Alina Adomaitytė

Climate change is one of the most sensitive issues in recent times. With record-breaking heatwaves causing forest fires in Europe, the warming climate is undoubtedly having negative consequences for countries like the UAE. Soaring temperatures and gradual rise in sea levels can affect the infrastructure as well as agriculture.

For this reason, developed countries are looking for ways to stop the disastrous processes. One of the most promising ways to solve climate change problems is the production of green hydrogen and its application in energy.

The European Commission has approved a Hydrogen strategy, which prioritises developing the production of green hydrogen from renewable resources. In the long term, hydrogen is to replace fossil fuels. The EU goal is to produce up to 1 million tons of hydrogen from renewable resources by 2024. A lot of attention and investments is directed to advance this objective.

After Russia attacked Ukraine, the issue of energy independence became especially important for many countries. For example, the government of Lithuania, located by the Baltic Sea, urgently submitted amendments to the documents regulating the establishment of wind power parks to review in the country's Parliament. This means that the state itself is interested in achieving complete energy independence, as well as looking for alternatives to fossil fuels.

As Lithuania aims at rapid transition to renewable energy, a national hydrogen sector development study was conducted. Independent foreign experts assessed that Lithuania has all the necessary opportunities and great potential to organise hydrogen production, storage, transfer, and export. Not only the natural conditions are suitable for this, but also the country’s geographical location and its infrastructure.

The production of green hydrogen requires water. This is a great advantage for Lithuania, that has more than 6,000 natural lakes and more than 30,000 rivers and streams, the total length of which is about 64,000 kilometres. The watery and windy area of the plains near the Baltic Sea is particularly suitable for hydrogen production.

Lithuanian hydrogen development study concludes that the country could also transport excess energy to hydrogen consumption centers in Europe. It is predicted that in 2025-2050, the greatest demand for hydrogen technologies will be in the industrial and transport sectors along with electricity and thermal energy production.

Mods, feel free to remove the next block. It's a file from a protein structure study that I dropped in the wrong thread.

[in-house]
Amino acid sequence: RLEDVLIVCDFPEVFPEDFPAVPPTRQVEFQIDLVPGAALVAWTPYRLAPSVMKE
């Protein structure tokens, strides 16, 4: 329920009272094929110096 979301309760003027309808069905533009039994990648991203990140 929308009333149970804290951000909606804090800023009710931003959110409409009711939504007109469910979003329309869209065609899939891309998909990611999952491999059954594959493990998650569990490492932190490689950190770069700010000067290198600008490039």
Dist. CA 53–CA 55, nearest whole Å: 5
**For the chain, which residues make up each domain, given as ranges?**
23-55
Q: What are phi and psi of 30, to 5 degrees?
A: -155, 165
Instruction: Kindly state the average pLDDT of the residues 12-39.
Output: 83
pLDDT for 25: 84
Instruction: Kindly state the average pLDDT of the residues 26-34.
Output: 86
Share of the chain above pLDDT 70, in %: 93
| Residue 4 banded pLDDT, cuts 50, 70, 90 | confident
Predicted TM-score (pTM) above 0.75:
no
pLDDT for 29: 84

Agrokoncernas Group, the largest agricultural company in the Baltic States, plans to build three wind farms in Lithuania over the next three years. According to Alina Adomaitytė, Deputy General Director of the group, the installed capacity of these three wind parks would reach from 700 to 1000 MW. The possibility of producing green hydrogen through renewable energy solutions is also being considered.

"Lithuania is in a very favourable climate and geographical area. This is a watery land of the plains where there are no major barriers to the wind. The Baltic Sea ensures constant and sufficient wind power, while rivers and lakes provide the required amount of water. Excess energy generated in wind farms can be used to produce green hydrogen. Electricity produced in wind farms cannot be stored - it must be used immediately. So, it is hydrogen that solves the problem of green energy storage", says Adomaitytė.

She has no doubt that investments in renewable energy are promising and pay off quickly. Agrokoncernas Group has specialised in the field of agriculture until now, however, managing more than 20 thousand hectares of own land, the company has plans for other promising projects.

One of them is the construction of the most modern deep grain processing plant in Europe. This project is managed by Agrokoncernas GDP, a subsidiary of Agrokoncernas Group. According to its director Alina Adomaitytė, the company has prepared a ten-year investment plan, which includes the construction of a deep grain processing plant, wind power parks, modern farms, as well as the possibility of producing bioplastics, biogas, and green hydrogen.

"We are open to various partnerships that would help implement up-and-coming projects. One of the strategic goals of Agrokoncernas Group is to contribute to the green energy revolution not only in Lithuania, but also in foreign countries," says Adomaitytė.

This year, Agrokoncernas Group plans to establish a company in the UAE. One of its functions will be ensuring strong partnerships for the implementation of new projects.